Here we are at the end of another week, albeit a very busy week. For those who dropped by to chat at the Esri Petroleum GIS Conference in Houston, we're glad you could make it! For now, we wish everyone a happy holiday weekend and some quality time away from your desk.
Anyone who has grown up in the American public school system knows the Mercator projection commonly used for world views, whether they realize it or not. This projection has a bad rep for distorting the shape of many countries. Although this is the “standard” map used in schools, public schools in Boston have begun shaking things up. As explained in this article, this school system began introducing the Peters (e.g., Gall-Peters) projection into the equation to “decolonize the curriculum.” Maps will be phased in over the next three years, based on an approach arranged by the school board. Here’s to hoping this change gets young minds thinking and other school systems following suit.
When most of us use Esri basemaps, we have our typical go-to maps. However, did you know that the Community Maps Program allows for the contribution of customized vector maps? This article talks about how these maps may be used for education purposes, pointing to a few select basemaps that are sure to be a hit with the whimsical side of us all.
Day in and day out, we are used to staring at and studying maps of the Earth’s exterior…finding the route from point A to point B, viewing population on a global scale, and all of that fun stuff. What about maps of the Earth’s interior? This article talks about the visualization of the first global tomographic model based on seismic data generated by earthquakes and one of the world’s fastest super-computers.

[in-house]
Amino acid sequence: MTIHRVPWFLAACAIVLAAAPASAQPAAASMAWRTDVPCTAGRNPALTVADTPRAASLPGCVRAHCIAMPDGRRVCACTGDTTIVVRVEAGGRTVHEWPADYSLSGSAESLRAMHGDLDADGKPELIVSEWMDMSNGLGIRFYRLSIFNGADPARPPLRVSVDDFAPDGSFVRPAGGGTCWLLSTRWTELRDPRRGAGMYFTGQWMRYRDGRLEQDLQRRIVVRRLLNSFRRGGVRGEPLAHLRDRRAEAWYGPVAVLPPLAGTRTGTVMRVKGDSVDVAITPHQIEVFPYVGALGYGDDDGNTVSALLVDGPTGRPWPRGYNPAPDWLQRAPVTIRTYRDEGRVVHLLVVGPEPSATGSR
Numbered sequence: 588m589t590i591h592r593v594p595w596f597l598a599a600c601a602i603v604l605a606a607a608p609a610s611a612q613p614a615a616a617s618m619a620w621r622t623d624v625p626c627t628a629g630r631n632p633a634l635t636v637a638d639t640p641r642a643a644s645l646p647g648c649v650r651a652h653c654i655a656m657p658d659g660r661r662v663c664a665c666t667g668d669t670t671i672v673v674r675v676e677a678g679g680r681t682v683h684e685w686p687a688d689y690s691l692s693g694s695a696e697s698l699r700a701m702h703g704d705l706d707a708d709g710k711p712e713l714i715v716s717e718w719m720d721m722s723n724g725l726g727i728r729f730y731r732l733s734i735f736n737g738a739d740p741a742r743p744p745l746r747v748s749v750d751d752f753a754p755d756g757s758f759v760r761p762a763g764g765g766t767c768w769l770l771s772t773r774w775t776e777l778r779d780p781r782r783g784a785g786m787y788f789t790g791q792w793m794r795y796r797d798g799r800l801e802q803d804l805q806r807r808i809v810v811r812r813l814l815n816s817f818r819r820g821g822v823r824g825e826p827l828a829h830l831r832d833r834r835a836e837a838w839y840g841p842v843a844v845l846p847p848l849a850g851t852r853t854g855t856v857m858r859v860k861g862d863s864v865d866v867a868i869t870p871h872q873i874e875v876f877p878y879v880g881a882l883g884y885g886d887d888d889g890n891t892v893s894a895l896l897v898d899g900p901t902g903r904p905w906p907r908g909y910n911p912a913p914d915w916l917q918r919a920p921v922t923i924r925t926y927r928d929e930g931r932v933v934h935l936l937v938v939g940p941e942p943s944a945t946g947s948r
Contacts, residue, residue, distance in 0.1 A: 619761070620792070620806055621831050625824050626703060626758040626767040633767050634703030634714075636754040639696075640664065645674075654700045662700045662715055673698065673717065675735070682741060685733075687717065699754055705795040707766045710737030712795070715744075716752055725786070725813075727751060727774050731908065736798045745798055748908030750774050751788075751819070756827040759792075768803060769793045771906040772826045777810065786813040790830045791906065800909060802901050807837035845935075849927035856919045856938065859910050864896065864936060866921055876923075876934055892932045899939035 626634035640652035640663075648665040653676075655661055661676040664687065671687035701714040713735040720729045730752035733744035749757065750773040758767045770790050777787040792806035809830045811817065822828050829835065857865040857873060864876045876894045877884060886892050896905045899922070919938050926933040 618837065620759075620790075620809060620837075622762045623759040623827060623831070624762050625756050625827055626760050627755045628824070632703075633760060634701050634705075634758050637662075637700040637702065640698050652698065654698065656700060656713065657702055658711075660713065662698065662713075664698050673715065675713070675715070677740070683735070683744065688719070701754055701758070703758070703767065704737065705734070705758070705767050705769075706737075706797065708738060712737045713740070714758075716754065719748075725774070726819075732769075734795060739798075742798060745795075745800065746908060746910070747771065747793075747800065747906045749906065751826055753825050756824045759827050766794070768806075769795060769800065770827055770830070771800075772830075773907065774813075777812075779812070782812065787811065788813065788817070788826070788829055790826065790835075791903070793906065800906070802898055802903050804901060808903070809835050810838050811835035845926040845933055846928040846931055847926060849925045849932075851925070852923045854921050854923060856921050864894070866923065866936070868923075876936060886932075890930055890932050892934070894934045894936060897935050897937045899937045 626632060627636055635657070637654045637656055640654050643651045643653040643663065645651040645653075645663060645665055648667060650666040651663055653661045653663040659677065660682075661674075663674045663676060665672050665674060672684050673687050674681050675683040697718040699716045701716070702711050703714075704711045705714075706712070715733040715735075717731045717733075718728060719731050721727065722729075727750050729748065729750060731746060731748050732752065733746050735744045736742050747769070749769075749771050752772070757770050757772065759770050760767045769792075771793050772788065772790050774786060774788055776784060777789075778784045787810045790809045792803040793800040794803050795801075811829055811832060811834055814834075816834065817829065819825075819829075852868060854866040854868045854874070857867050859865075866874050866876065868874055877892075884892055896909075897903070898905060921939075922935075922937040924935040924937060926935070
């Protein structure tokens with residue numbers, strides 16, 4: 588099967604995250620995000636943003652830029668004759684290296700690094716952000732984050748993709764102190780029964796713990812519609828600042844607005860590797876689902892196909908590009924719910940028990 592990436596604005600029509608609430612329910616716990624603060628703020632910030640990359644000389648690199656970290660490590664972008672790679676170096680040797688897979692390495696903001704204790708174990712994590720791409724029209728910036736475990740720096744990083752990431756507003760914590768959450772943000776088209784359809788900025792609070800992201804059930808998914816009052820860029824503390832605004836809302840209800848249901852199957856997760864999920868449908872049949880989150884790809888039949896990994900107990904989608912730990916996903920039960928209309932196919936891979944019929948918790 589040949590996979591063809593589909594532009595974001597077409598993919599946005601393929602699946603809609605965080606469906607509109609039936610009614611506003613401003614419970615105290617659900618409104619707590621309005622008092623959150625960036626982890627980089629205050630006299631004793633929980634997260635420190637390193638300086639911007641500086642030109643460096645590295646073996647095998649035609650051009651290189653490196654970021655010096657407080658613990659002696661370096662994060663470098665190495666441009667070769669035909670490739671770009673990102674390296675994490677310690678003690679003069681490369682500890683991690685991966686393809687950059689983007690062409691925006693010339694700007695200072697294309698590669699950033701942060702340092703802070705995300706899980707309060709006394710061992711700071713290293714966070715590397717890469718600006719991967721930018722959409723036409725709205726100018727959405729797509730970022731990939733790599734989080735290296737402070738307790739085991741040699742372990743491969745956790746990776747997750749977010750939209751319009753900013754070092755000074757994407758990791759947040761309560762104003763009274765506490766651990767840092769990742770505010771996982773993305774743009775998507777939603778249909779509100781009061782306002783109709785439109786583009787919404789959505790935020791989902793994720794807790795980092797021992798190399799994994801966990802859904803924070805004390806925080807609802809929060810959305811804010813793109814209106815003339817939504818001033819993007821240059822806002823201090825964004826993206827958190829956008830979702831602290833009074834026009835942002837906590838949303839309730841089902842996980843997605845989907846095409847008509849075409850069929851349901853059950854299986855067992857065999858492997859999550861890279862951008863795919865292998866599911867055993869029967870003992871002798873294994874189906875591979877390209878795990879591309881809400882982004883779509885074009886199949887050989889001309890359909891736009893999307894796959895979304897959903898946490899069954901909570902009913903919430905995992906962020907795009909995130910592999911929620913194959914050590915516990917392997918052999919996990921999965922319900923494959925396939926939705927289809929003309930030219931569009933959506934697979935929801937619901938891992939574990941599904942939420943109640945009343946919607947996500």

Last year, the European Space Agency enacted the Scientific Assessment of Ocean Glitter (SArONG) project. Not only does this project have an awesome name, it seeks to use the often distracting power of sun glitter for good. Sun glitter is the reflection of light off of a body of water. When originally founded, researchers were hoping to develop a method by which to translate Sentinel-2 imagery of sun glitter on water to discern direction, height, and movement of waves. This article explains these developments and what these could be used for in seafaring developments.
Later this year – August 21, 2017 to be precise – millions of people across the United States will get to see a total eclipse of the sun. Interested in past solar events or want to see maps showcasing the best places to watch the phenomena? This site showcases that for all those looking.